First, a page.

Updated: Feb 25
Trying to figure out what kind of doctor you should become? Wondering what specialty you should choose? Then SheMD's Why Specialty Series is perfect for you! We're bringing you female physicians sharing WHY they chose their specialty. Today's post is on why Dr. Early chose the field of Ophthalmology and why Ophthalmology is a great field for all.
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Being a cataract surgeon and comprehensive ophthalmologist is the BEST job in medicine! Not only do I get to restore my patients’ vision with a quick, 15 minute cataract surgery, but I also get to continue caring for them at their annual exams for the rest of their lives.
I didn’t always know I wanted to be a surgeon, but once I realized how much I loved working with my hands I explored a number of surgical specialties. Ophthalmology really spoke to me as a perfect blend of surgery and long-term continuity with patients.
In my first ophthalmology rotation, one thing that really stood out to me was that every attending was really excited to have me, and really encouraged me to pursue the field. Most of them even said, “I love my job!” – which is definitely not something you hear on every rotation!
Ophthalmology is a niche specialty that doesn’t often make it into core rotations in medical school. Typically students have to seek out their own rotation and research opportunities, and it’s even a little more challenging because we have an early match (January) instead of the common match in March. If you like aspects of surgery, neurology, and medicine; ophthalmology might be a great fit for you!
Training is relatively short compared to some surgical specialties. Ophthalmology residency is 1+3, meaning one year internship plus three years of dedicated ophthalmologic training. Some residency programs integrate the internship with the other three years, while others do not. Fellowship training (additional 1-2 years) is available in cornea, glaucoma, retina, uveitis, oculoplastics, pediatrics, ocular oncology, ocular pathology, and a few other more specific disciplines such as refractive surgery or complex cataract surgery.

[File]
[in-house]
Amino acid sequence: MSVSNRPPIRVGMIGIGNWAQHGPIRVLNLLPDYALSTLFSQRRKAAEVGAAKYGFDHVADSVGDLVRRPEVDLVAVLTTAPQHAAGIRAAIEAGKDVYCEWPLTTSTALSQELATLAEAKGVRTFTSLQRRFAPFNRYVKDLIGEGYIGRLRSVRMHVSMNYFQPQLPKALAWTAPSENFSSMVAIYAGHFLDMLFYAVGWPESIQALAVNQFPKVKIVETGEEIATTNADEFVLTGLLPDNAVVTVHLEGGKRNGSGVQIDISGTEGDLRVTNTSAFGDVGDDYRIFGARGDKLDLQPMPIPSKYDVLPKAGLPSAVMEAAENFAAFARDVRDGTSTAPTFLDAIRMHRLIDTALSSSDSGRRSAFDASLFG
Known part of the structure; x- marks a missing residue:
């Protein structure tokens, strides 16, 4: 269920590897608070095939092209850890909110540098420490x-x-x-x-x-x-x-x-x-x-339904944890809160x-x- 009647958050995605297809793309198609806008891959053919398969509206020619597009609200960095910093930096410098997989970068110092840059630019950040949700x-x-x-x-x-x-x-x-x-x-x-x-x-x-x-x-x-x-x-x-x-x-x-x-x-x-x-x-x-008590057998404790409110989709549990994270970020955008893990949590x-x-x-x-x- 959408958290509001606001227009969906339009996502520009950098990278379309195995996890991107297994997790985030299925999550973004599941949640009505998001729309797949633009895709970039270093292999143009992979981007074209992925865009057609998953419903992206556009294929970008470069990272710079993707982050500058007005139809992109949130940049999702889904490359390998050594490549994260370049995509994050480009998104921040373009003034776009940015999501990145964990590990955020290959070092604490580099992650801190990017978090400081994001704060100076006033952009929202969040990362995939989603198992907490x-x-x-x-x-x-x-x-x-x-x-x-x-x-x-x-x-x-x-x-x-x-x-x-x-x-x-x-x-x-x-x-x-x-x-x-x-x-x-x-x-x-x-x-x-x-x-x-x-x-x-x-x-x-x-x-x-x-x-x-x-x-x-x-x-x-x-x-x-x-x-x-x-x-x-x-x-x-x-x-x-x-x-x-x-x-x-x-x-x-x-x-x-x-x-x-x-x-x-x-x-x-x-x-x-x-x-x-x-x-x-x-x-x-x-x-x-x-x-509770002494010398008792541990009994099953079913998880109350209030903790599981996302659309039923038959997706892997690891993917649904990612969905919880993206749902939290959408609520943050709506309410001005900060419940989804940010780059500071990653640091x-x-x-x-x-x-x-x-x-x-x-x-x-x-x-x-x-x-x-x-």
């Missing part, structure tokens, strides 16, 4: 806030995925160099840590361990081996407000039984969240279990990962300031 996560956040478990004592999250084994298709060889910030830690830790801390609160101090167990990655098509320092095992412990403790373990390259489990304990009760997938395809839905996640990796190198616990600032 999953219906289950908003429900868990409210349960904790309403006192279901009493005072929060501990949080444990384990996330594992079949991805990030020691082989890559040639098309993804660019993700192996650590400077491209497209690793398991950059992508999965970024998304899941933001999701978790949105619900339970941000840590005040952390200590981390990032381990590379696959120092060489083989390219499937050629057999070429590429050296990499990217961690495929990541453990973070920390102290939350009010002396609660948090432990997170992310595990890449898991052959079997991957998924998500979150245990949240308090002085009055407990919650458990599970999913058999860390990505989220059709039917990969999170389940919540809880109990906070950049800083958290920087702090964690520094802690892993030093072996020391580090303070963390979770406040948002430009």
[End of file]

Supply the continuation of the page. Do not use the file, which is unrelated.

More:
Here are the top 5 reasons I love what I do:
Hands-on. In addition to micro-surgery on the delicate human eye, there are many in-office procedures and lasers that keep things interesting.
See the disease. The physical examination might be more important in ophthalmology than almost any other specialty. We can physically SEE disease processes, from inflammatory cells to red blood cells, detached retinas, even systemic disease processes like lymphoma or sarcoidosis can present with ocular findings.
High tech. There are constantly new devices and drug delivery mechanisms in development, as well as a whole battery of diagnostic testing equipment in the office. If you like gadgets and technology, ophthalmology is a great field to be in!
Intricate. The eye is an elegant and complex system with so many fascinating functions, far beyond what you learn in medical school! You can subspecialize by completing fellowship training in treating diseases of almost any intraocular structure.
Problem solving. If you are solution-oriented and like to solve problems, eye surgery is a great way to have an objective outcome and resolution to visual complaints like blurry vision from cataracts! It is amazing to be able to restore a patient’s independence by improving their vision.
I am so happy with the career path I chose and love that I see something different every single day. It has been a really good fit for me as a mom to two young children, with a pretty predictable schedule Monday through Friday, and weekend call only about every other month at my practice. Feel free to reach out to me if you have any questions about the path to ophthalmology!
You can find me on Instagram at @dr.alisonearly or by email at email@example.com.